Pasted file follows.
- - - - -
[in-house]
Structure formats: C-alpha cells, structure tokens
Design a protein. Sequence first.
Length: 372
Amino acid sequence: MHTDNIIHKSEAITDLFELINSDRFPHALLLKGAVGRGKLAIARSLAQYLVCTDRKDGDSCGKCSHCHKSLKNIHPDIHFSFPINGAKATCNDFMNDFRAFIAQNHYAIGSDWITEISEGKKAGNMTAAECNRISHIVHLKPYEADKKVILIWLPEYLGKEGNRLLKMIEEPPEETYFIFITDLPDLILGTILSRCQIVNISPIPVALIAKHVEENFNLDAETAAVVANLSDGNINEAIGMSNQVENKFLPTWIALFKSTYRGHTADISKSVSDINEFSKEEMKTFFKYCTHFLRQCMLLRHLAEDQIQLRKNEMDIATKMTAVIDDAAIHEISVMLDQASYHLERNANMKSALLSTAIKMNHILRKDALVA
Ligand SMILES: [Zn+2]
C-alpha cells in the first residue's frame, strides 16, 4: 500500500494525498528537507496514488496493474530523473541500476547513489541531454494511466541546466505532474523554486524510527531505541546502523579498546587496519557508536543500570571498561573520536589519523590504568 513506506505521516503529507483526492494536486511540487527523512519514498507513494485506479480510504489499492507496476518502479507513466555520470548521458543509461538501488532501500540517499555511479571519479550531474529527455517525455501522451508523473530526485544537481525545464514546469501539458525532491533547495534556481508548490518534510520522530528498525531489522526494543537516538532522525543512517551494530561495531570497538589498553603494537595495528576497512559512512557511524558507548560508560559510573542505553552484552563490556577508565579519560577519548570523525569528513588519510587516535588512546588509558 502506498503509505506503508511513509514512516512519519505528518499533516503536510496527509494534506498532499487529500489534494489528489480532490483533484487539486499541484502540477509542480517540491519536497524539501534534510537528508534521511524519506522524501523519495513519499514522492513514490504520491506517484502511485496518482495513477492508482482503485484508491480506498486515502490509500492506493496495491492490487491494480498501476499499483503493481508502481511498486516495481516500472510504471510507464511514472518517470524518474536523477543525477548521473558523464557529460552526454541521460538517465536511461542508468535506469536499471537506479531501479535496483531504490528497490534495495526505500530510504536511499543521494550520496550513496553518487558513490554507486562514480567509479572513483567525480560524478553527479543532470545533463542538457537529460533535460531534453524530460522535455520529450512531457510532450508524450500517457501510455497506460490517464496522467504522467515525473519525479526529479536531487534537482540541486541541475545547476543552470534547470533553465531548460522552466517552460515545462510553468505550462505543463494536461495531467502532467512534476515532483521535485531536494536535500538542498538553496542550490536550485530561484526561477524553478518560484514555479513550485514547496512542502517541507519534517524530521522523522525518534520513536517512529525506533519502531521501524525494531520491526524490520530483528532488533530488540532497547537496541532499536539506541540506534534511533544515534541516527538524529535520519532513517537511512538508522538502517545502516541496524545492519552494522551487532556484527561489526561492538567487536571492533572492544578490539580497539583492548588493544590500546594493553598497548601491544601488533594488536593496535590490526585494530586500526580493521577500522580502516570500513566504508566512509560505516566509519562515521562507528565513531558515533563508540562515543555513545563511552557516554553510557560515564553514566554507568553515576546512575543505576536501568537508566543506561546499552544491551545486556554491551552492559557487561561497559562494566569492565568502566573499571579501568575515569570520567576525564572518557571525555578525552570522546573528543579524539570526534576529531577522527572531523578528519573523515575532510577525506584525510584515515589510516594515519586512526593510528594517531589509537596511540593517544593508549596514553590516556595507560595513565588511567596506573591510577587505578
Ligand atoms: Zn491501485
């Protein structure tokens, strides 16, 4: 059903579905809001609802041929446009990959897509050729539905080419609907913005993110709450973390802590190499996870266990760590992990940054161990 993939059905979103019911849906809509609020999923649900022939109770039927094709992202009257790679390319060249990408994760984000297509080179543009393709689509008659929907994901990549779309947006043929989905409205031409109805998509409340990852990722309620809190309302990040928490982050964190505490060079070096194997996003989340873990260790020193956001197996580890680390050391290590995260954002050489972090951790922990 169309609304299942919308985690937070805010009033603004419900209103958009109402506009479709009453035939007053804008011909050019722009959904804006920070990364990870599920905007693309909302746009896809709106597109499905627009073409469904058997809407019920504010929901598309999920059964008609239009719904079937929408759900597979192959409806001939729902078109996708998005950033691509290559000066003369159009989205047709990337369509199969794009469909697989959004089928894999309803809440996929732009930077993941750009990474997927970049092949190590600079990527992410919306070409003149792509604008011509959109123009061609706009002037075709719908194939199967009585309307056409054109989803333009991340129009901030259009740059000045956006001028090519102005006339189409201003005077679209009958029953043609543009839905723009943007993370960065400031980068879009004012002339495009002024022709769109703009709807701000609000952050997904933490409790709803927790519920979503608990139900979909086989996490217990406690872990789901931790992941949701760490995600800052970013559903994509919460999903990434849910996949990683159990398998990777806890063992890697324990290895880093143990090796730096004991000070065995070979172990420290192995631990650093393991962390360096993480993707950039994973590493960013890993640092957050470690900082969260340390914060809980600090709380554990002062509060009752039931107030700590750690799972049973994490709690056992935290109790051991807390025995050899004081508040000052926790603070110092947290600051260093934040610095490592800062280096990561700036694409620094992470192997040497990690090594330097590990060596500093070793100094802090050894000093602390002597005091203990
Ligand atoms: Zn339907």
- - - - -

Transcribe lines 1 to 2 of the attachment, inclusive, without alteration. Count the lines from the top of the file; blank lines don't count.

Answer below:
[in-house]
Structure formats: C-alpha cells, structure tokens